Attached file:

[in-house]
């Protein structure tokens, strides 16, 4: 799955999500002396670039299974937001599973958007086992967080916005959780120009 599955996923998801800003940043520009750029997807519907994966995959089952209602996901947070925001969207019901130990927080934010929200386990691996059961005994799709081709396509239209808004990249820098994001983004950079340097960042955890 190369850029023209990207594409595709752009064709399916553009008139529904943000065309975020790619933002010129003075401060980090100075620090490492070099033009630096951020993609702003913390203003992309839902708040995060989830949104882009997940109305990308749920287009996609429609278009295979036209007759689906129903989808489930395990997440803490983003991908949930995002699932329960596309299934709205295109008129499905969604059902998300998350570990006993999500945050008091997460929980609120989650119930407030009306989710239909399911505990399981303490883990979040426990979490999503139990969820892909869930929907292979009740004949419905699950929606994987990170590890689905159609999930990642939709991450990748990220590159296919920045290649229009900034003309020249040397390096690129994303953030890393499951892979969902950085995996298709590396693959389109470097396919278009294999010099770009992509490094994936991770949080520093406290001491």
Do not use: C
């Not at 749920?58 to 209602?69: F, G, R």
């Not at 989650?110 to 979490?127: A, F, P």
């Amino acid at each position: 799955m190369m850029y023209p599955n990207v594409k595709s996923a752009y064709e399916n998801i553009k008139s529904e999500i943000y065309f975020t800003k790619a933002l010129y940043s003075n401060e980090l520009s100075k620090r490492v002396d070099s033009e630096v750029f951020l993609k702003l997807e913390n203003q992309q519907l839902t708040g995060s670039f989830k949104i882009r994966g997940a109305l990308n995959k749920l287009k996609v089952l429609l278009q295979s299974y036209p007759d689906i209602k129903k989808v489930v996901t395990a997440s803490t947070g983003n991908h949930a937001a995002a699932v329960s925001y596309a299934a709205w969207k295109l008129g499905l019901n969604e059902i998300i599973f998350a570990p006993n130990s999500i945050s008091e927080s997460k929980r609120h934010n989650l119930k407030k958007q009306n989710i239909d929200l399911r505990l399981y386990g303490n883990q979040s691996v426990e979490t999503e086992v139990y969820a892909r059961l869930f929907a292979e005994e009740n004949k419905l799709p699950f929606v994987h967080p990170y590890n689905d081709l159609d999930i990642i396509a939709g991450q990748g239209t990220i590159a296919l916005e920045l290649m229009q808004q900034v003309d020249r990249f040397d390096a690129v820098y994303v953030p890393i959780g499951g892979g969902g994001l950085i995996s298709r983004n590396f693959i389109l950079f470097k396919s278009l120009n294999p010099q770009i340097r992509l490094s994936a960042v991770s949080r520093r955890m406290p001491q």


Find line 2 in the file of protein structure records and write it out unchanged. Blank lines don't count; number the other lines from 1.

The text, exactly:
């Protein structure tokens, strides 16, 4: 799955999500002396670039299974937001599973958007086992967080916005959780120009 599955996923998801800003940043520009750029997807519907994966995959089952209602996901947070925001969207019901130990927080934010929200386990691996059961005994799709081709396509239209808004990249820098994001983004950079340097960042955890 190369850029023209990207594409595709752009064709399916553009008139529904943000065309975020790619933002010129003075401060980090100075620090490492070099033009630096951020993609702003913390203003992309839902708040995060989830949104882009997940109305990308749920287009996609429609278009295979036209007759689906129903989808489930395990997440803490983003991908949930995002699932329960596309299934709205295109008129499905969604059902998300998350570990006993999500945050008091997460929980609120989650119930407030009306989710239909399911505990399981303490883990979040426990979490999503139990969820892909869930929907292979009740004949419905699950929606994987990170590890689905159609999930990642939709991450990748990220590159296919920045290649229009900034003309020249040397390096690129994303953030890393499951892979969902950085995996298709590396693959389109470097396919278009294999010099770009992509490094994936991770949080520093406290001491």